It consists of one central phosphorus atom surrounded by four oxygen atoms in a tetrahedral arrangement. The phosphate ion carries a negative-three formal charge and is the conjugate base of the hydrogen phosphate ion, HPO42−, which is the conjugate base of H2PO4−, the dihydrogen phosphate ion, which in turn is the conjugate base of H 3PO 4, phosphoric acid. A phosphate salt forms when a positively charged ion attaches to the negatively charged oxygen atoms of the ion, forming an ionic compound. Many phosphates are not soluble in water at standard temperature and pressure. Aqueous phosphate exists in four forms. H 3PO 4Phosphoric acidH 2PO− 4Dihydrogen phosphateHPO2− 4Hydrogen phosphatePO3− 4Phosphate More precisely, considering these three equilibrium reactions:

Phosphonate. General ester of phosphonic acid.

Phosphonate

Phosphonates and phosphonic acids are organophosphorus compounds containing C-PO(OH)2 or C-PO(OR)2 groups (where R=alkyl, aryl). Phosphonic acids and phosphonate salts are typically white, nonvolatile solids that are poorly soluble in organic solvents, but soluble in water and common alcohols. Many commercially important compounds are phosphonates, including Glyphosate, the herbicide "Roundup", and Ethephon, a widely used plant growth regulator. Phosphinate. Phosphite. A phosphite in inorganic chemistry is a salt of phosphorous acid, H3PO3 and following the IUPAC naming recommendations the phosphite ion would be PO33−[2] a salt of P(OH)3.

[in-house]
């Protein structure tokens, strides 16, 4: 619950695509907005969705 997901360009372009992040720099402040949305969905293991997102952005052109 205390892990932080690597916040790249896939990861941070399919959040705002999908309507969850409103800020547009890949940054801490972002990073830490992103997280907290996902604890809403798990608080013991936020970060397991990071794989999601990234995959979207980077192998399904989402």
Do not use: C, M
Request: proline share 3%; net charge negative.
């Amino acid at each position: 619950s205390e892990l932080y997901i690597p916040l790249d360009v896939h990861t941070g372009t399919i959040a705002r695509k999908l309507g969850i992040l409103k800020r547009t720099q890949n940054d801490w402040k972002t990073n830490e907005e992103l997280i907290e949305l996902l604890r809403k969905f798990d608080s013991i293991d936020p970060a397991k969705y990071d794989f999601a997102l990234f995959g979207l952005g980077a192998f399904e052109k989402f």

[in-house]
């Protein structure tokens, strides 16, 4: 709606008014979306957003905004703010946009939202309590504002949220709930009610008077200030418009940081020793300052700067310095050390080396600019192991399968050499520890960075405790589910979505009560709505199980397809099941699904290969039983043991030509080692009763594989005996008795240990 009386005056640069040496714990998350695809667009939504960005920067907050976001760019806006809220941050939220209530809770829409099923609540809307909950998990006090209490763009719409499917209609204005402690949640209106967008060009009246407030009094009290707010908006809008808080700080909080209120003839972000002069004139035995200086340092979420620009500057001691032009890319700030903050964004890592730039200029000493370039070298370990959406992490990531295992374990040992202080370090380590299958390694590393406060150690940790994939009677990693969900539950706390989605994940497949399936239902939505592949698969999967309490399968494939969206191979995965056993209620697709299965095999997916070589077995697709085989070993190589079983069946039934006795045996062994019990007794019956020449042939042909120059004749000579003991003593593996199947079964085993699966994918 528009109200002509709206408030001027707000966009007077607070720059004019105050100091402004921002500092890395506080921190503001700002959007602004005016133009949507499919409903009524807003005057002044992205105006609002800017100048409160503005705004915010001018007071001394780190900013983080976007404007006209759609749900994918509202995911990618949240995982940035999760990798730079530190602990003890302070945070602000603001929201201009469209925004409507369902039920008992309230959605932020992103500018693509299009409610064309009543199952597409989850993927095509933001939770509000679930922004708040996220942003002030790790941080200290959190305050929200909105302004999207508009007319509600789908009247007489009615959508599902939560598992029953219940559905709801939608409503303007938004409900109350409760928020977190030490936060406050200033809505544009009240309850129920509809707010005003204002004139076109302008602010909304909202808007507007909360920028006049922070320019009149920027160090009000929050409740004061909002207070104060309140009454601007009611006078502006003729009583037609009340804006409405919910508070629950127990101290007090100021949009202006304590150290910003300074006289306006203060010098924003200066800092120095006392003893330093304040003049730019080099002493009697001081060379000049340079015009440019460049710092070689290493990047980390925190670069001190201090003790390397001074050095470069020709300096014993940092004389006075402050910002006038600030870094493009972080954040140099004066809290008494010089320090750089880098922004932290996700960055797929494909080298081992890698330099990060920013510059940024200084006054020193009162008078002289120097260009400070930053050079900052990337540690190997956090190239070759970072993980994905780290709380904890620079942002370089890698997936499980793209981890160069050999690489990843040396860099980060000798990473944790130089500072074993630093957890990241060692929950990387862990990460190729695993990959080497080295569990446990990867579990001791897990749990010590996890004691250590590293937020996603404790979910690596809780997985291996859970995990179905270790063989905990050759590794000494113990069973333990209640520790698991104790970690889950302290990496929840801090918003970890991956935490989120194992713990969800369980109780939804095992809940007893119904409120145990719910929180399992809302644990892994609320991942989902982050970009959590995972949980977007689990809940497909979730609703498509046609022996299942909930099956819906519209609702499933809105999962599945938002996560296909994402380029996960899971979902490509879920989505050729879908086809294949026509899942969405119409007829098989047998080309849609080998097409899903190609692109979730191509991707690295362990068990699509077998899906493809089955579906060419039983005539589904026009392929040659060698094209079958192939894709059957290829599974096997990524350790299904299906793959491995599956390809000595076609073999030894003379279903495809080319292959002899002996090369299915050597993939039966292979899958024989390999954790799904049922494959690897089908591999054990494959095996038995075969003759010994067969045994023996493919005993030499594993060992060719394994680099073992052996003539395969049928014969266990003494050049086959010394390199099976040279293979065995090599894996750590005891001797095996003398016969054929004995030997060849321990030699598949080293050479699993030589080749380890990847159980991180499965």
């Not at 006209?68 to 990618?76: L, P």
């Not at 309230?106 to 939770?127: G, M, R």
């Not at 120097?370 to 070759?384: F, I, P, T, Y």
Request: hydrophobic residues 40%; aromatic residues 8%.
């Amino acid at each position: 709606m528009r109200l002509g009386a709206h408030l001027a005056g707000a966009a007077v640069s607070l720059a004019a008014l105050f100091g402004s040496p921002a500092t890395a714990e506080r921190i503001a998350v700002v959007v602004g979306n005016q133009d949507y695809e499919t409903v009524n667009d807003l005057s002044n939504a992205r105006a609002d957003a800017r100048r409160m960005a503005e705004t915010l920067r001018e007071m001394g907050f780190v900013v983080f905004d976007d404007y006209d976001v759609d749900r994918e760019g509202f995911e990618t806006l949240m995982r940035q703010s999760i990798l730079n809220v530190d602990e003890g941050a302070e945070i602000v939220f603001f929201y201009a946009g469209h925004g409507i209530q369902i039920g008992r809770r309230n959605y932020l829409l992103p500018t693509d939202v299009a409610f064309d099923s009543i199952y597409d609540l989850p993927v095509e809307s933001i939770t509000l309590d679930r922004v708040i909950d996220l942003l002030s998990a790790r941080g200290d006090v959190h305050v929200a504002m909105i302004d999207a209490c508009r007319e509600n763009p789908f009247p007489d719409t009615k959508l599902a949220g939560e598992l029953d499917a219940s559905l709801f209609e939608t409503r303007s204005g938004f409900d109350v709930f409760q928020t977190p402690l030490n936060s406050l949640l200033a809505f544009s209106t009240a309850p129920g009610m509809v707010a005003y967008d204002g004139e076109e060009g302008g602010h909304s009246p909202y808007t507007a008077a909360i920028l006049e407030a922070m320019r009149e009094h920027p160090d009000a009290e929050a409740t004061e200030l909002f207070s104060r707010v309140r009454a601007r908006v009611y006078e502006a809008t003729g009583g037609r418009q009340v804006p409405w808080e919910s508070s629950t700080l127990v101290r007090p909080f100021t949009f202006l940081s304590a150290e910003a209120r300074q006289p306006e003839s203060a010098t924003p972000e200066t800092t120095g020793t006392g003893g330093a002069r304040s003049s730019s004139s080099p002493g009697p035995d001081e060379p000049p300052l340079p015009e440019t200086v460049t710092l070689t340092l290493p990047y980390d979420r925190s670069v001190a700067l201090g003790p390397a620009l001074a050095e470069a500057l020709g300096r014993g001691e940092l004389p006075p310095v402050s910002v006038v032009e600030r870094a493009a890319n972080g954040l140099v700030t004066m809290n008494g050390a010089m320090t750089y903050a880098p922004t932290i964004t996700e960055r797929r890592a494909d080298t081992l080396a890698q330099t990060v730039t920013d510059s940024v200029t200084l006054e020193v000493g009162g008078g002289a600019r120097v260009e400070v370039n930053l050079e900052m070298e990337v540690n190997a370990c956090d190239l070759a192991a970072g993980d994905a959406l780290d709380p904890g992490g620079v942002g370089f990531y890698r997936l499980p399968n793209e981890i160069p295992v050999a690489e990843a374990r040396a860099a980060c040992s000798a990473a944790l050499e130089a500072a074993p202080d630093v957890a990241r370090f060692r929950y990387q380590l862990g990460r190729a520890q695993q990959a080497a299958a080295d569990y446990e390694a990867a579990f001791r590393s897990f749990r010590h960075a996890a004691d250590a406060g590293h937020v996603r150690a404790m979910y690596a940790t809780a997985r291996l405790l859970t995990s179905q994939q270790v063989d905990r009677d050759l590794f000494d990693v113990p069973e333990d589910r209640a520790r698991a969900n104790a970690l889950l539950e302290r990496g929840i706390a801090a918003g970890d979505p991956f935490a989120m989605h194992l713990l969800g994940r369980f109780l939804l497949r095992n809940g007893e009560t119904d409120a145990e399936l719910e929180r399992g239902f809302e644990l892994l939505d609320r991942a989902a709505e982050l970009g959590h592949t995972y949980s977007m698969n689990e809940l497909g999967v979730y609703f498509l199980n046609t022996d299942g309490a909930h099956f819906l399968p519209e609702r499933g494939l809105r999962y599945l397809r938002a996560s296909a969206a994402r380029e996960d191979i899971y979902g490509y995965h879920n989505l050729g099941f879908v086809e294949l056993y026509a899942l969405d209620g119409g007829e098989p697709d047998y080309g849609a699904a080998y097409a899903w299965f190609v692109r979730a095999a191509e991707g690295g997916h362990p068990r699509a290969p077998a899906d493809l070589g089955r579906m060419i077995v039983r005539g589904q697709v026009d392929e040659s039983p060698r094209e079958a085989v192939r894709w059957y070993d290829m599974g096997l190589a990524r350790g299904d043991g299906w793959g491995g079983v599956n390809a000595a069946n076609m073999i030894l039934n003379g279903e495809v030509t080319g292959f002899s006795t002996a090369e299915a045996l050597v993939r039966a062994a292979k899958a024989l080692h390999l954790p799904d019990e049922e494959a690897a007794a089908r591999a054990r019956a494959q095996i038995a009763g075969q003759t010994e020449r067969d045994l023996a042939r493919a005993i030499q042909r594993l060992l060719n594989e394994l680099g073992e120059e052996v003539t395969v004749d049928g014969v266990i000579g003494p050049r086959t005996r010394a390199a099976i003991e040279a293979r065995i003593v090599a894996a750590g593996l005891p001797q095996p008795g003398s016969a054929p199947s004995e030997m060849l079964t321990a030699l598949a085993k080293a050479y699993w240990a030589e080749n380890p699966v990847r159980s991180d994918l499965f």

Phosphite

Historically phosphite has referred to salts containing HPO32− and this is because aqueous H3PO3 is not triprotic P(OH)3 but almost exclusively the diprotic HP(O)(OH)2 (IUPAC recommended name of phosphonic acid). The IUPAC recommended name for the HPO32− ion is phosphonate and this naming convention is becoming more common. In the US the IUPAC naming conventions for inorganic compounds are taught at high school, but not as a 'required' part of the curriculum.[3] A well known university level text book follows the IUPAC recommendations.[4] In practise any reference to "phosphite" should be investigated carefully to determine which naming convention is being employed.

The term phosphite is also used to mean phosphite ester, an organophosphorus compound with the formula P(OR)3. Salts containing phosphite, PO33−[edit] Phosphonite. General ester of phosphonous acid Phosphonites are organophosphorus compounds with the formula P(OR)2R.

Phosphonite